|WikiProject Mathematics||(Rated Start-class, Mid-priority)|
|WikiProject Mesoamerica||(Rated Start-class, Mid-importance)|
==Mistakes==start Did the Maya people make many mistakes between, say, 6 and 25? Sabbut 08:04, 26 May 2004 (UTC)
- No. Our current illustration is perhaps not that good at showing how the place value is seperated. More usually the numbers were rotated 90 degrees from what is shown, while the place value seperation was vertical.
- So, for example, using a "0" as a dot and a "I" as a bar, six would be:
- Where as 25 would be:
- Cheers, -- Infrogmation 15:40, 26 May 2004 (UTC)
In glyphic representation of the numbers, the shape of each glyph being roughly the same size is enough to distinguish between various levels of the vegisimal system. I believe that during calculations, they used beads in some sort of abacus. Dylanwhs 20:32, 26 May 2004 (UTC)
I started to make some clean-up edits to User:Gnomon's recent additions to this page, but on consideration I am going to revert much of it. A good deal of it seems to me to be wrong. Thanks for your work here, Gnomon, but could we please have a source for some of this? For example:
- "Most of what we know about Mayan numbers comes from a single document, the Dresden Codex"
What about the other pre-Columbian codicies, the stelae and other stone monuments, painting, and pottery which also use Maya numbers? They were still in use in the early colonial era, and for example Landa wrote about the numbers.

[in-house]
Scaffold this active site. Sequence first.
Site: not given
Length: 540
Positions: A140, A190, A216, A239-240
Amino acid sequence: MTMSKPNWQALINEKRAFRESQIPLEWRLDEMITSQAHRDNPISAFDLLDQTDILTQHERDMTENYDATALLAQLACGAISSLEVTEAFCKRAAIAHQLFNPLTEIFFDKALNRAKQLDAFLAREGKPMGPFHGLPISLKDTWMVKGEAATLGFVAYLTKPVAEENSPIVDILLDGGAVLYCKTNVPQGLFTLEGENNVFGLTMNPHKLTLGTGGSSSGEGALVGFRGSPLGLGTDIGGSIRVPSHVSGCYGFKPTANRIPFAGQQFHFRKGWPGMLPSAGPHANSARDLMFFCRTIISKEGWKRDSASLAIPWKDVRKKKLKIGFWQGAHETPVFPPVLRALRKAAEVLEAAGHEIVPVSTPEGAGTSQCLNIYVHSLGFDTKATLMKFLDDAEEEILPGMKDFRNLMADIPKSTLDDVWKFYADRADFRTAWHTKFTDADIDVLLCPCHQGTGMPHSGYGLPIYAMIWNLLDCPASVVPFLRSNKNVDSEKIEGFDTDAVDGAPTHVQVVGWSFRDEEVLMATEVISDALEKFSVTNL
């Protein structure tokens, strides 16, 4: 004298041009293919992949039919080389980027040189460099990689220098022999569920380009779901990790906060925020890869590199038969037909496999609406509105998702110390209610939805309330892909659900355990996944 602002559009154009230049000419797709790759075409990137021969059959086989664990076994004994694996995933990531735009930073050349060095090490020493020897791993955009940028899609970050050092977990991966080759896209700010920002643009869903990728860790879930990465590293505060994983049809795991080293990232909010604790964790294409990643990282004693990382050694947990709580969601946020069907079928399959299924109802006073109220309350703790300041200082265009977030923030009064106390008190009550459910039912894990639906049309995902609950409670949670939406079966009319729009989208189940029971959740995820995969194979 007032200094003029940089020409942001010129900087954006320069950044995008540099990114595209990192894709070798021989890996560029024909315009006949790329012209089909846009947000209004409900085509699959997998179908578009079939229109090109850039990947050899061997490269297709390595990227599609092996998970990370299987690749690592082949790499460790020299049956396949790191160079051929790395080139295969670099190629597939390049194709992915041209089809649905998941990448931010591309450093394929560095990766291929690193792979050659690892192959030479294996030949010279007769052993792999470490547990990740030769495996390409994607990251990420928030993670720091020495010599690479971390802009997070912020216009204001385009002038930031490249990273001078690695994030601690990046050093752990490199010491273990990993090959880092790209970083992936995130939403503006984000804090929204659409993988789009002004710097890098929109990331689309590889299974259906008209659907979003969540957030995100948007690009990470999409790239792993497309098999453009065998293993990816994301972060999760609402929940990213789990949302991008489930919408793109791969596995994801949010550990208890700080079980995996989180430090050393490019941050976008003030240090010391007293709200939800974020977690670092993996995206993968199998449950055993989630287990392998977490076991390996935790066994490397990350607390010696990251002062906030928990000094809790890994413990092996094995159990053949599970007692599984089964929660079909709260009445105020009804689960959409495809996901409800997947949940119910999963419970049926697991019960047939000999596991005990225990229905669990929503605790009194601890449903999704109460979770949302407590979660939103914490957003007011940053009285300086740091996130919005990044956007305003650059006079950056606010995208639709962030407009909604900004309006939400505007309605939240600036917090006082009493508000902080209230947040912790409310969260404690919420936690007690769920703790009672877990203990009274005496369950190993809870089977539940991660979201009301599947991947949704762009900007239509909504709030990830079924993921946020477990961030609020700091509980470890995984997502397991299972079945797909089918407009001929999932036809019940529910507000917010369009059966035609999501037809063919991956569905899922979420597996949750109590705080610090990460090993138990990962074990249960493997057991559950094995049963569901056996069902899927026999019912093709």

That the calendar uses non-vigesimal values IMO no more justifies claiming the system was not base 20 than the fact that we use clock faces with 12 digits means we don't really use base 10. -- Infrogmation 15:17, 9 Feb 2005 (UTC)
I'll check my sources and get back to you -- Gnomon.
I've looked into this and find that there were two systems in use by the Mayans. A pure base-20 system was used for normal purposes, but it did not use the numerals given here in this article. (Unfortunately, the numerals used have been destroyed by the invading Spanish, but it would have used a single symbol repeated as many times as necessary for 1's, another symbol repeated as many times as necessary for 10's, another for 100's and so on). The system described here was only used in the calendar codices and in stone inscriptions, and always used a mixed 18/20. Source: A Universal History of Numbers, Georges Ifrah.
I'll try and write that up and get it into the article.
I've heard that there were sacred numbers in Mayan numbers. If this is true please tell me the numbers.
- I'd say all numbers were sacred, with their own associated deities. -- Infrogmation 05:10, 13 August 2005 (UTC)
Removed simple add/subtact section